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Projectile Motion- Plane releases payload

  1. Apr 18, 2017 #1
    1. The problem statement, all variables and given/known data
    A pilot is attempting to deliver emergency food and first-aid supplies to an isolated northern community that has suffered severe flooding. The plane has a horizontal velocity of 1.4 10^2 km/h as it flies at an altitude of 1.80 m x 10^2. The community is situated on a dry patch of land that is about 72m x 72m.

    a) If the supplies are released just as the plane flies directly overhead, will they touch down on land or in the water? Justify your response with calculations that show exactly where the package will land.

    b) When should the supplies be released so that they touch down very close to the centre of the dry patch of land? Answer in terms of distance from the target, not time.

    2. Relevant equations
    ## \Delta \vec d_v = \frac 1 2 \vec a \Delta t^2##


    ## \Delta \vec d_h = \vec v_h \Delta t##



    3. The attempt at a solution

    Plane is flying at 1.4 x 10^2 km/h = 140 km/h or 38.8 m/s (140km/h x 1000m /3600s)

    Altitude is 1.8 x 10^2 meters = 180 meters.

    How long until it hits the ground

    ## \Delta \vec d_v = \frac 1 2 \vec a \Delta t^2##

    ## 180m [down] = \frac 1 2 (-9.8 m/s^2 [down]) (\Delta t^2
    \\ \Delta t = {\sqrt {\frac {180m} {4.9 m/s^2}}}
    \\ \Delta t = 6.1 seconds##

    Horizontal distance travelled

    ## \Delta \vec d_h = (38.8m/s [fwd]) (6.1s)
    \\ ≈ 237 m##

    Where's it gonna hit?

    72m x 72m = 5184 m

    So if released directly overhead that's half-way

    5184/2 = 2592 m

    So it's going to drift another 237m [forward] therefore it will land at 2592 + 237 = 2829m

    b) To release it so it hits dead centre, release at 2592 - 237 or at the 2355th meter.

    Critique, feedback, and/or verbal abuse welcomed.
     
  2. jcsd
  3. Apr 18, 2017 #2

    gneill

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    Staff: Mentor

    What is this calculation? 72m x 72m would give an area in square meters. The plot of land is a square that is 72 m on each side.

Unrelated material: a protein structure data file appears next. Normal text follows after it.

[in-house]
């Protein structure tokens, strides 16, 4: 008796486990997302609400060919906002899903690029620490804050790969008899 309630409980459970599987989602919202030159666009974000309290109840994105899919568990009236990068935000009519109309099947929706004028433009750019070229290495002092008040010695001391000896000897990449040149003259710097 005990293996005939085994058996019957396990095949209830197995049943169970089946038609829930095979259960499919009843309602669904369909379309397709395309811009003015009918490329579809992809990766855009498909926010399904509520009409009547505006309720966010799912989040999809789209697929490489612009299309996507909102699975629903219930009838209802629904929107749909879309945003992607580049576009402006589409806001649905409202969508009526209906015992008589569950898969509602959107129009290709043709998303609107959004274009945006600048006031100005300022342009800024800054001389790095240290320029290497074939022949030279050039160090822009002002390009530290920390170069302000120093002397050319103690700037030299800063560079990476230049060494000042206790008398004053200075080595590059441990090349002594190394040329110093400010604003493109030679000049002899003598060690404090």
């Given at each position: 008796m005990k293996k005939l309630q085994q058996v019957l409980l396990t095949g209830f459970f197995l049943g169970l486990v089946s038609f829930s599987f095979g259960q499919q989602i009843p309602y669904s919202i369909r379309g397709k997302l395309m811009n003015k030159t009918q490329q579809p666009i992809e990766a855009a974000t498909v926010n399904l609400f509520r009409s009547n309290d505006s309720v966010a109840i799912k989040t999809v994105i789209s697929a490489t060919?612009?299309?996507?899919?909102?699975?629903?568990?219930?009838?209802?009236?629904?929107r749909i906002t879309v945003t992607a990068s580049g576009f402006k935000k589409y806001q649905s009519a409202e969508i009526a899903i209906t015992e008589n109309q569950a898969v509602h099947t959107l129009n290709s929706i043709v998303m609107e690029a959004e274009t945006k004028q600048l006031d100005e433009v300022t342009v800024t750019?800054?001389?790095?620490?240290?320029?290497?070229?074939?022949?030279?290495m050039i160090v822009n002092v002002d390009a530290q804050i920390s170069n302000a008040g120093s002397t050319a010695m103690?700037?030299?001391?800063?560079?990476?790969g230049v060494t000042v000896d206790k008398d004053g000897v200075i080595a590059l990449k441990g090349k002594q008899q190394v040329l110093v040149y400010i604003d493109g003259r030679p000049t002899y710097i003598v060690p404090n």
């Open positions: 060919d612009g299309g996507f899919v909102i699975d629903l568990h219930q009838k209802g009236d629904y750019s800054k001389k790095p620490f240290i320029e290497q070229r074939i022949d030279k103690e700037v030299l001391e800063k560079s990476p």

4. Apr 18, 2017 #3
    Ah, yes... I see.

    Ok, Plan B

    Supplies will fall for 237m and need to hit the half way point of 72m area.

    72/2 = 36m

    237m - 36m = 201m

    The plane should release the supplies 201 meters away from the target area to land in the middle.

    Or am I still sniffing glue?
     
  5. Apr 18, 2017 #4

    gneill

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    Staff: Mentor

    That's about right. The "1" is probably unjustified precision; What's the number of significant figures you can claim from your given data?

    You should keep a few more decimal places in intermediate values in your calculations, and don't round anything until the end. Otherwise you'll find that rounding and truncation errors will creep into your significant figures when there's more than just one or two calculation steps.
     
  6. Apr 18, 2017 #5
    Thank you for the feedback. The textbook uses the first decimal point in its answers. It's been rounding figures at each step in its examples all the way through so far. So I've been mostly following its example.
     
  7. Apr 18, 2017 #6

    gneill

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    Staff: Mentor

    Hmph. Not a great example for a textbook to set :mad:
     
  8. Apr 18, 2017 #7
    Yeah, it's been rough for a beginning physics student such as myself so far. Most of the lessons have been straightforward, but some of the examples have been explained poorly and some steps have been skipped for brevity. And it only gives one example and asks 1-2 practice questions with answers before it asks a question for submission that is related but may have a twist. And now this significant figures flap... well, thank you for the very useful advice.
     
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